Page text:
This excellent anthology of 21 recent essays by writers from the U.S. and Canada covers a wide range of perspectives on religious identity, while documenting what editor Treat refers to as a "significant new collective voice on the North American religious landscape." The authors write in a variety of styles and from diverse tribal, denominational, and academic backgrounds. All write out of their experience of various Christian traditions, but all affirm their identity as "native" people and challenge historical constructions of Christianity in North America." Some of the essays (e.g., those by George Tinker, Steve Charleston, Robert Allen Warrior, and Vine Deloria, Jr.) are already widely known. Others (including Emerson Spider's account of the Native American Church of Jesus Christ), are destined to receive great acclaim. This invaluable resource includes a fine bibliography. Steve Schroeder
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"James Treat's "Native and Christian is essential reading for anyone seeking to understand contemporary Native American spirituality. Beginning with Treat's superb introduction, the voices in this collection illuminate with depth, passion, and clarity the extraordinarily complex dynamics of Native religious life since the arrival of Europeans in North America."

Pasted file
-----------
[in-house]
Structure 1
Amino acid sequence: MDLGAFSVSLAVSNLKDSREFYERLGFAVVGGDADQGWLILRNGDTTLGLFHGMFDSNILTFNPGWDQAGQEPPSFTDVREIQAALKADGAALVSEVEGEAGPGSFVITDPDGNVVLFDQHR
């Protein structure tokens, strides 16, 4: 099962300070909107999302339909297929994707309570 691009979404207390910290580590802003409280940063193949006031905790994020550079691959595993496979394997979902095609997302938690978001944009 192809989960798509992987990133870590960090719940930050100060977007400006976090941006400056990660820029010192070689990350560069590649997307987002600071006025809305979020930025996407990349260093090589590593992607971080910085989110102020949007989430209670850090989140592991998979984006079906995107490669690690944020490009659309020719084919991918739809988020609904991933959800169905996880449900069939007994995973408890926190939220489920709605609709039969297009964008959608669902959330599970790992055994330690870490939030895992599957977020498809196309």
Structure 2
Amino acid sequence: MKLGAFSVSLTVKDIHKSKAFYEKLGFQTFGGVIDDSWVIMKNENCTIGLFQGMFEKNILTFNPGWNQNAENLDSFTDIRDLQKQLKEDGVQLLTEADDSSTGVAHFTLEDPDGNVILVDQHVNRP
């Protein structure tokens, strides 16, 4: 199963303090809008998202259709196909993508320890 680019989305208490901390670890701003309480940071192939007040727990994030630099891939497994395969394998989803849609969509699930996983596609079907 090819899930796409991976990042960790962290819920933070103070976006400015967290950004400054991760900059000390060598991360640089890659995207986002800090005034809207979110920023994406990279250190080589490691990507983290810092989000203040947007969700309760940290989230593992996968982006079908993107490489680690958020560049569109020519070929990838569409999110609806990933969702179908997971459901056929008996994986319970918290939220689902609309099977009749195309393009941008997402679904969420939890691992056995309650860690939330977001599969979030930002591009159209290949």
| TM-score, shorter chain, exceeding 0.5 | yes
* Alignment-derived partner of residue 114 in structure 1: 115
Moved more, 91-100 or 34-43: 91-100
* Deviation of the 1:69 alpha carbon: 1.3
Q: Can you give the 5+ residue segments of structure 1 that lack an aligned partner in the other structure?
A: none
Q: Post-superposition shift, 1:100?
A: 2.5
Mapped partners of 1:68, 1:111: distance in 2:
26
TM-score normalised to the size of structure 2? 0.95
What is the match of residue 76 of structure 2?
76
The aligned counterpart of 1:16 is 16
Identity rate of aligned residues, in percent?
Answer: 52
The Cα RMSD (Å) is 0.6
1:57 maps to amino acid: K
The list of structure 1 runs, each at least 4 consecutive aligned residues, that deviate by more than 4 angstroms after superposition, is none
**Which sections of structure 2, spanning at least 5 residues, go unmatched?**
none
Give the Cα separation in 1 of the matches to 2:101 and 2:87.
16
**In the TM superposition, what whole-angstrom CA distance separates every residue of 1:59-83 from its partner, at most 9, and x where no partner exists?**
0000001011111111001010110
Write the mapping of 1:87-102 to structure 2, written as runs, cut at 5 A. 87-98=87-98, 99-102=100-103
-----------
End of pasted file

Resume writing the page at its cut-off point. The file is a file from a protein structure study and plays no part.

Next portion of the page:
-Louis Owens, English Department, University of New Mexico
"The essays, some academic and some autobiographical, deal with the variety of ways in which the Christian faith of Native Americans relates to their historical traditions, the injustices they endure, and the challenges they face.."
-" Theology Digest, St. Louis, MO, Spring 1997
"This excellent anthology of 21 recent essays by writers from the US and Canada covers a wide range of perspectives on religious identity, while documenting what editor Treat refers to as a 'significant new collective voice on the North American religious landscape'."
..." excellent and well-edited ... Overall, this is a landmark volume that brings together native authors in a wide-ranging collection that shows clearly the complexity of being both native and Christian."
-"Journal of the American Academy of Religion